Project Self Sufficiency Helps Single Parents Not Just Survive, But Thrive
Education and Career Advancement Provide a Path to a New Life
Single parents working low-income jobs to support young children face mounting obstacles and depressingly few opportunities. Project Self Sufficiency of Larimar County, Colorado believes the best way to support them is to provide a hand up, rather than a hand out. For over 30 years, the non-profit has done just that, helping thousands of families escape the cycle of poverty.
Marshalling Assistance and Support on the Road to Self-Reliance
Executive Director Tracy Mead says this remarkable success is grounded in a bedrock belief in self-power, which she defines as the universal resilience of the human spirit. “We cultivate the grit and determination necessary for a lifetime of achievement for both single parents and their children.”
Most applicants are referred to Project Self Sufficiency by its network of community partners, including the local housing authorities and workforce centers. They first meet with an Advisor who assesses their immediate needs and provides directional help to financial assistance, tutoring, school enrollment and local food banks. In subsequent meetings, they are evaluated for follow through and the Advisor carefully lays out the program’s goals. Parents who demonstrate the bravery, desire and vision to achieve financial independence through continued education are signed on as clients.
A Relationship That Empowers The Path to Success, For as Long as it Takes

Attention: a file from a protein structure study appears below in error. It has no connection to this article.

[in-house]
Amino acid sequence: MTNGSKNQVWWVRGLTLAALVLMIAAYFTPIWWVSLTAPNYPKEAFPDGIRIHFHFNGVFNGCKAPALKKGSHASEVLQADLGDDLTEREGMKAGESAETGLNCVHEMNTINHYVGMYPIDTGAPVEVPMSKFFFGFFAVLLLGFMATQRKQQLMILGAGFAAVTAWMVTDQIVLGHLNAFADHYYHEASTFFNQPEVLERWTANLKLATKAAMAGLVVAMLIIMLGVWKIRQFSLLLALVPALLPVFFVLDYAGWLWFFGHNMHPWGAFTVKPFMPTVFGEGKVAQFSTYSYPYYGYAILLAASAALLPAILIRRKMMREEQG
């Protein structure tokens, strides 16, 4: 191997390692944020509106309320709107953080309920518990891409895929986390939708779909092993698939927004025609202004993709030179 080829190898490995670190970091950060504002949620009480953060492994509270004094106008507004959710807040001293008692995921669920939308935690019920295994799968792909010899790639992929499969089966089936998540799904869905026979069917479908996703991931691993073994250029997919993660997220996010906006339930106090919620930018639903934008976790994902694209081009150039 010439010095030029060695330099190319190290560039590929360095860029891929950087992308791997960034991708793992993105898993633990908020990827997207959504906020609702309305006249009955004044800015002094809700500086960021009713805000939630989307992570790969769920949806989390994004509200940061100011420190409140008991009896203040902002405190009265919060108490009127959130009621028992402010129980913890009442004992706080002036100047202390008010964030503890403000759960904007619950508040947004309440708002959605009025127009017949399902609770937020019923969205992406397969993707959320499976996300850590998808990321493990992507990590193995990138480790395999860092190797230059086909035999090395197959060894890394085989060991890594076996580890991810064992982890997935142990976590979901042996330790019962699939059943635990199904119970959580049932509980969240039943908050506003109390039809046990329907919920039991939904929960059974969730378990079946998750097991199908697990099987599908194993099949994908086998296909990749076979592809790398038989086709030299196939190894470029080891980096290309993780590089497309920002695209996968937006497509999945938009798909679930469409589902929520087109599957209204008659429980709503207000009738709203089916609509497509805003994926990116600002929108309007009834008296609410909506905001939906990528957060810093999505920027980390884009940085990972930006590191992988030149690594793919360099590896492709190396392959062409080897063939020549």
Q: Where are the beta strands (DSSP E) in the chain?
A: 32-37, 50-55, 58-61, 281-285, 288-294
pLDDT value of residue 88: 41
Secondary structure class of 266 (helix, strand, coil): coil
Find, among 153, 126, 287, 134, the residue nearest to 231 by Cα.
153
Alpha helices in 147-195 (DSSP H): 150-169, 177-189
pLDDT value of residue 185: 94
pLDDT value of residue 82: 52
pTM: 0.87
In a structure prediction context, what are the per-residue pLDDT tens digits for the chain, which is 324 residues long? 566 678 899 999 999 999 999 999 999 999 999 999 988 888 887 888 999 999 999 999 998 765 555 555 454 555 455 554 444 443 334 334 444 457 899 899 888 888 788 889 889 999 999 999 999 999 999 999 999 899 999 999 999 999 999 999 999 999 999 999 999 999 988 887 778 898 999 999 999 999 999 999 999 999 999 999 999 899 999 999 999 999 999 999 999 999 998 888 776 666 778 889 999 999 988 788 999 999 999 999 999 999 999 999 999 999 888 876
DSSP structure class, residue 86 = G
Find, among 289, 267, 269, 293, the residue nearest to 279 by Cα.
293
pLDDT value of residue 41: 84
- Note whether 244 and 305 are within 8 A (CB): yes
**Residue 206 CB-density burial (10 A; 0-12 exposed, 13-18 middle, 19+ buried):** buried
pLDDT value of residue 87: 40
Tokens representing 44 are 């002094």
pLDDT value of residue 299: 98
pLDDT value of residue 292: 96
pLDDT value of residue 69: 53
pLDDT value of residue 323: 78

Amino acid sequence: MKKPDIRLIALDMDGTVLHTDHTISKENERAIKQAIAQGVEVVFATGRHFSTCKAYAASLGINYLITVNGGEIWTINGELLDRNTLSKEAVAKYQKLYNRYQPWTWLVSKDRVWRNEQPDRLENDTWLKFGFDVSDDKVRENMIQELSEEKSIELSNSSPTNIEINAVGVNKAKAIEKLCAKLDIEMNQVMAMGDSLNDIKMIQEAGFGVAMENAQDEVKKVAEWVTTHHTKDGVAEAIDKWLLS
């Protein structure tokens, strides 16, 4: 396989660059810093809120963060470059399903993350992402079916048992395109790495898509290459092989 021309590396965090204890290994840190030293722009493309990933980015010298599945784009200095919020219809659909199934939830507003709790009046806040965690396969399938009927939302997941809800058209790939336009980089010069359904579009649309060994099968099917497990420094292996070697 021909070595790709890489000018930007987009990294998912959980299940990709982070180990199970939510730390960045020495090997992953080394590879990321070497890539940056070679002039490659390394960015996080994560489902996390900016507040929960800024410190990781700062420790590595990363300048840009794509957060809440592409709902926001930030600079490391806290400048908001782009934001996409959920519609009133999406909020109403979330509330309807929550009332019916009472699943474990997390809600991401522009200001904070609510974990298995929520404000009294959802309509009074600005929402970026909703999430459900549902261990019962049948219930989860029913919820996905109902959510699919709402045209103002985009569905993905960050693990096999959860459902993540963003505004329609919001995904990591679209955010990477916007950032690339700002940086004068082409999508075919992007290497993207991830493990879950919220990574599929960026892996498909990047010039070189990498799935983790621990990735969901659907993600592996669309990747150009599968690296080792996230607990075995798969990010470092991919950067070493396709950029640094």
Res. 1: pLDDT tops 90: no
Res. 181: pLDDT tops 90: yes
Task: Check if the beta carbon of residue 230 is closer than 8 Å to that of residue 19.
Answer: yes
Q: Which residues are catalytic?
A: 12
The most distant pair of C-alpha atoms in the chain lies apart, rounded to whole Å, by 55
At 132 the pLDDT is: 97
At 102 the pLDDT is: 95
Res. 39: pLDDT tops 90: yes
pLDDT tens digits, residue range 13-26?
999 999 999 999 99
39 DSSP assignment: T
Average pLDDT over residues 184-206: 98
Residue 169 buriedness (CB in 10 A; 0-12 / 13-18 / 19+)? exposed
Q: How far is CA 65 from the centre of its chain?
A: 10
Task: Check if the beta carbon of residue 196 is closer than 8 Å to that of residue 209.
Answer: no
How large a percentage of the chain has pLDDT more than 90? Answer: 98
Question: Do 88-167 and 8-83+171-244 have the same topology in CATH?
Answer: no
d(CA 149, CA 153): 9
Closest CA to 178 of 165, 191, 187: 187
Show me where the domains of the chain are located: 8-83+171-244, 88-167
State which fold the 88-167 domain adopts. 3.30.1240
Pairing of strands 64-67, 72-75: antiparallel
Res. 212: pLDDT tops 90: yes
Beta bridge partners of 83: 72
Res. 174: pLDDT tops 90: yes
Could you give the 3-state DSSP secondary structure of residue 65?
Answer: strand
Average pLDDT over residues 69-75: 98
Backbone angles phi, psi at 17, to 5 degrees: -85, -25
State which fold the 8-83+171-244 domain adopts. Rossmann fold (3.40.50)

Advisors will work with their clients for up to eight years, structuring and supporting their efforts to formulate career goals, apply to college, complete their studies and get a degree. Project Self Sufficiency then helps its clients for up to a year after graduation to find a rewarding job—and their Advisor provides guidance for an additional six months after they are hired, shepherding them through the adjustments to their new career.
Not surprisingly, these years of intense personal care and support result in strong bonds of loyalty between client and advisor, and graduates of the program often remain involved long term. J.C. Lynn, a 2004 graduate, spoke at the program’s annual fund raiser in 2015.
“It would have been easy without resources to spiral downward as a divorced, homeless mother of three kids and no idea on how to start my life over,” she explained. “Project Self-Sufficiency empowered me to take flight, complete my education and go on to become a published author. They allowed me to show my kids what it means to persevere and overcome.”
Making a Stronger Community by Strengthening its Members
To pull off such miracles, Project Self Sufficiency relies on a broad base of partners to provide and fund its services. An important source of ongoing financial support comes from Great Western Bank, which was connected to the non-profit through Impact Deposit Corp’s Charity Services Centers.
Jenny Schultz, manager of the bank’s Ft. Collins branch, sees Project Self Sufficiency as a vital local resource: “This organization has been around for over 30 years and for as long as I can remember, they’ve been providing services for families that enable them to get back on their feet and then continue in a sustainable way into the future – which is not only important for them, but also for the community as a whole.”
In addition to financial support, all Great Western local branches participate each year in PSS’s adopt a family drive during the holidays, and employees have volunteered as mentors in the program.
A father tells his story of struggle as a single parent of three preschoolers, to a bright future as an electrical engineer, with the help of Project Self Sufficiency.